The final problem with the exploitation claim is Edwards et al’s assertion that inducements amount to psychological manipulation. Again, if this means that inducements affect people’s motivations, and hence their choices, that is true, but no more true for the case of medical research than for any other offer of cash, such as, for example, a “Reduced in the Sale” sign, which also affects people’s choices. People do regularly take financial benefit into account when considering their reasons for action, and they are generally rational to do so. To regard this as manipulative and exploitative in the case of the poor, but not of the rich, is to treat the poor as really less competent, more in need of protective paternalism, than more affluent subjects. We do not, of course, wish to deny that the poor are more open to manipulation and exploitation than the rich. Of course they are, but not merely in virtue of being vulnerable to financial suggestion, as Edwards et al suggest. More than that is needed to show that financial inducements to participate in research are exploitative. (And if the authors are prepared to heroically bite the bullet and claim that all cases where money affects people’s choices are cases of manipulation and exploitation, again we would have a counterintuitive stretching of the concept of exploitation. The main effect of this would be to weaken its proscriptive force—it would now cover too many cases, would come too cheap, for us to be sure that it is generally a bad thing.)
None of the above is meant to show, or could show, that inducements in research are desirable. There may well be quite strong arguments against them—for example, arguments to do with undesirable extensions of the cash nexus into parts of our lives hitherto untouched by it—but the arguments offered by Edwards et al are about exploitation, and they do not seem to work; and even if they did, they would produce an unresolved tension between the authors’ desire to protect competent adults from (supposed) exploitation, and their overall claim that RECs should confine themselves to protecting the research subject’s informed consent.
III A POSITIVE CONCLUSION
We would like to conclude on a more positive note, by commenting on the moral authority and legitimacy of RECs.iii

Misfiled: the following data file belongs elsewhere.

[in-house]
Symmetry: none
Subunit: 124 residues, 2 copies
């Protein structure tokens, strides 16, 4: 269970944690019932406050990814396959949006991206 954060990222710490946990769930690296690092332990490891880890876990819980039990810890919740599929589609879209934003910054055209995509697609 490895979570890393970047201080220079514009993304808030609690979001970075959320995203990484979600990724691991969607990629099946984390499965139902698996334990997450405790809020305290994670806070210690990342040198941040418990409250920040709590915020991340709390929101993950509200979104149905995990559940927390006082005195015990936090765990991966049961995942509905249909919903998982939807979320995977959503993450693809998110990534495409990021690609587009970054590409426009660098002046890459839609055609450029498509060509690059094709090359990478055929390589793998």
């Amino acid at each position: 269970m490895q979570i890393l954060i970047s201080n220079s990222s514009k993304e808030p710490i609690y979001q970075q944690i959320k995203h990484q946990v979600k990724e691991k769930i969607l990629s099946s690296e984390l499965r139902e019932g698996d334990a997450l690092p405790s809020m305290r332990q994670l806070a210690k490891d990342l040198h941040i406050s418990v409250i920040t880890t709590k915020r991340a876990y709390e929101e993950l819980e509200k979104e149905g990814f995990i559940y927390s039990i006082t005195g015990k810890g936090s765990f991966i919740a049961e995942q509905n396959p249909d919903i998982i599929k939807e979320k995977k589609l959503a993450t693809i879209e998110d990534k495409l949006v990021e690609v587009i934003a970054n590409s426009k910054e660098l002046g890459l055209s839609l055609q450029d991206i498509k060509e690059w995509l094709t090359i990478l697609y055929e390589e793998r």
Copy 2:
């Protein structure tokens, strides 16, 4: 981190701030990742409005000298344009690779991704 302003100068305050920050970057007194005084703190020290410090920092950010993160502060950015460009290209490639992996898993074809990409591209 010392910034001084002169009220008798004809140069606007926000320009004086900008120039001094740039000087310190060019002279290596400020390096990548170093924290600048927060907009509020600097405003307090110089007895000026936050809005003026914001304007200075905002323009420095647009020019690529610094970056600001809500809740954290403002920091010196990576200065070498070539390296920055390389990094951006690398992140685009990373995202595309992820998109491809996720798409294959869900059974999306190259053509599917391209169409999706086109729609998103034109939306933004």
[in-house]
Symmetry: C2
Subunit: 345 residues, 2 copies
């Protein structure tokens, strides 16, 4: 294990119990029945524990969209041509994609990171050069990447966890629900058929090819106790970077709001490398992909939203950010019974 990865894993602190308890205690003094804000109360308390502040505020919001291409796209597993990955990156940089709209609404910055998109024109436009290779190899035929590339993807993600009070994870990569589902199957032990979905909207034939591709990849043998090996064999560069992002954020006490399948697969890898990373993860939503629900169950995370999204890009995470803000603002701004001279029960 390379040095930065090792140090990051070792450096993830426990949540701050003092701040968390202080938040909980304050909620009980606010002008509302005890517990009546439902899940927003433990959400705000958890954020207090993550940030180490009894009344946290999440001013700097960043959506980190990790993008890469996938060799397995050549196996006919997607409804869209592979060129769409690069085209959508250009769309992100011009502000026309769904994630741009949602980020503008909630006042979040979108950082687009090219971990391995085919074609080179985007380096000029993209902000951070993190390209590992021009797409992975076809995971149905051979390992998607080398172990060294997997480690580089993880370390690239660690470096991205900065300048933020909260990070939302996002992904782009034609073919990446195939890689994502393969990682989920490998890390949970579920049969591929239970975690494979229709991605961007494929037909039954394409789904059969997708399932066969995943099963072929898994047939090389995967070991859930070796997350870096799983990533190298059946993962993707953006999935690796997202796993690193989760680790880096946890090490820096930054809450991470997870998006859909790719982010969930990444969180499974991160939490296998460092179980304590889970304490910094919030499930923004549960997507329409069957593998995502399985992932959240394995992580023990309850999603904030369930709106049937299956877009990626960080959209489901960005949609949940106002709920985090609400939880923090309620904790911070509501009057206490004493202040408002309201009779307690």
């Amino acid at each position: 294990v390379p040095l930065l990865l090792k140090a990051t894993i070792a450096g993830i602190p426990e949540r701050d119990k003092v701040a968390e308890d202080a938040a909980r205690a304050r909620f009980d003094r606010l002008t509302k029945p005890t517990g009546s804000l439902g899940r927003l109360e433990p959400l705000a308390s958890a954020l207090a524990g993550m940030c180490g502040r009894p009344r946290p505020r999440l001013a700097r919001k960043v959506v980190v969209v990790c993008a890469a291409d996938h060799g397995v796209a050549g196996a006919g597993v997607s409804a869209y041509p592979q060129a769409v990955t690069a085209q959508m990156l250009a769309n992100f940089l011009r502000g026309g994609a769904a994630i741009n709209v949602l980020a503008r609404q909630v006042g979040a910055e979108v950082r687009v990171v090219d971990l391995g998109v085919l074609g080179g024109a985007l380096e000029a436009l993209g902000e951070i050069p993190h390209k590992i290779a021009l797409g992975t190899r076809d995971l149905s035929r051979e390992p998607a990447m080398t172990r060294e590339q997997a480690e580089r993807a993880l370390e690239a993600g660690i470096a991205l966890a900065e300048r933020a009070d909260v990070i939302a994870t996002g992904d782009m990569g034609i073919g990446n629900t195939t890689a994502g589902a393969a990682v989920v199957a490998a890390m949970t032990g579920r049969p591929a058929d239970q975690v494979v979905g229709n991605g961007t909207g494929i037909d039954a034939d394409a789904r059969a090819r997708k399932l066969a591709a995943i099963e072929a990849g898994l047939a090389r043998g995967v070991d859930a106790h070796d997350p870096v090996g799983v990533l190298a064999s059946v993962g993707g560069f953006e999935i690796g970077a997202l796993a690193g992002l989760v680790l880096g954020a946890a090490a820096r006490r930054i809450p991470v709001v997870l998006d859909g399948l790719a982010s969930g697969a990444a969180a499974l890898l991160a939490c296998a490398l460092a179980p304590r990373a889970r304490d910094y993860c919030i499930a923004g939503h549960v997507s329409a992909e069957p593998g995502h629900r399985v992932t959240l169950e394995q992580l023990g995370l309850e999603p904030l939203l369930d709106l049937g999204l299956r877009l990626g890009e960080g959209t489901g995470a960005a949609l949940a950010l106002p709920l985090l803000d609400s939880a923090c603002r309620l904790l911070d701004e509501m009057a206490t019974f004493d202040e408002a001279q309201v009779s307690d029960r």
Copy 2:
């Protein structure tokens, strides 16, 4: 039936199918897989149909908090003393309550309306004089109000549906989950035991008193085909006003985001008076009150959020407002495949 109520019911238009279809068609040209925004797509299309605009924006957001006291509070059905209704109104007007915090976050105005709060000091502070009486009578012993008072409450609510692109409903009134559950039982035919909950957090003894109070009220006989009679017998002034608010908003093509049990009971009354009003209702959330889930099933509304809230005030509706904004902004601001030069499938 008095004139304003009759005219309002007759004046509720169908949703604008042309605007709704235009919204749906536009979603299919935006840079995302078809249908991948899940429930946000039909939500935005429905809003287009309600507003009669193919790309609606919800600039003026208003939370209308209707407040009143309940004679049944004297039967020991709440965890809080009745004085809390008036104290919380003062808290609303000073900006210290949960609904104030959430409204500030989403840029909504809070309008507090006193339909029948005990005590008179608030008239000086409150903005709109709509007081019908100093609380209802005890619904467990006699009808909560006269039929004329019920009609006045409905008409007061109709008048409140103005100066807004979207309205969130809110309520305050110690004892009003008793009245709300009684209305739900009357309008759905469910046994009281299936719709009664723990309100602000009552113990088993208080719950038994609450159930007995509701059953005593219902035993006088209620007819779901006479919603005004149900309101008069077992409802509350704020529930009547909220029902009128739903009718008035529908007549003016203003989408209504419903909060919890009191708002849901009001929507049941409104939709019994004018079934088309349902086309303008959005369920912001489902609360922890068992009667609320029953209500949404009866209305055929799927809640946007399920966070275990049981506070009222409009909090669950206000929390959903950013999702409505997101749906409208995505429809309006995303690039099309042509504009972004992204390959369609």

This is something which Edwards et al find very troubling, and that is not surprising, given their tremendous insistence on the primacy of the autonomy of the individual subject. Once we abandon that insistence, however, it is reasonably clear where such legitimacy and authority come from. Legitimacy derives from the process of deliberation by the REC, as a lawfully established committee with representatives from the research and wider community, which has been given as its primary task, protecting potential research participants from unnecessary harm. Its authority comes from the fact that the REC consists of a diverse group of experts (including lay expertise), reaching agreement through discussion and consensus. This is not to say that any conclusion arrived at by a research ethics committee is infallible, but fallibility is the common condition of human institutions, and there are no more grounds to worry about the legitimacy and authority of RECs than of any other similarly constituted regulatory body.
In the process of deliberation a research ethics committee will as a matter of course attempt to balance autonomy, beneficence, and harm considerations in the context of the discussion of a particular research project. In our experience most RECs report that this is how they proceed. Such an approach can be justified by an appeal to different plausible positions in background moral theory—for example, a defeasibilist deontology appealing to prima facie duties which cannot be given a determinate rank order, or a pluralist consequentialism committed to a range of differing and sometimes incommensurable values. The authority and legitimacy necessary for making and imposing such judgments derives from this broadly based approach to ethical review. More specifically, given the fact that the primary aim of a REC is to protect participants in clinical research, a willingness to make paternalistic judgments where it is appropriate to do so strengthens that authority. Of course, neither the authority nor the legitimacy of REC decision making is unlimited, but that is cause for satisfaction rather than concern, since it shows that RECs are subject to the checks and balances which are appropriate for all institutions in a liberal democratic polity.
↵i We deliberately refer to research subjects and not participants. This is because we believe that the term “subjects” actually gives a closer approximation to what it is like to be a patient involved in a research project. In addition, the term “participant” is unclear since, technically, medical researchers are also research participants.
↵iii A full treatment of the authority and legitimacy of RECs would of course take more space than is available here.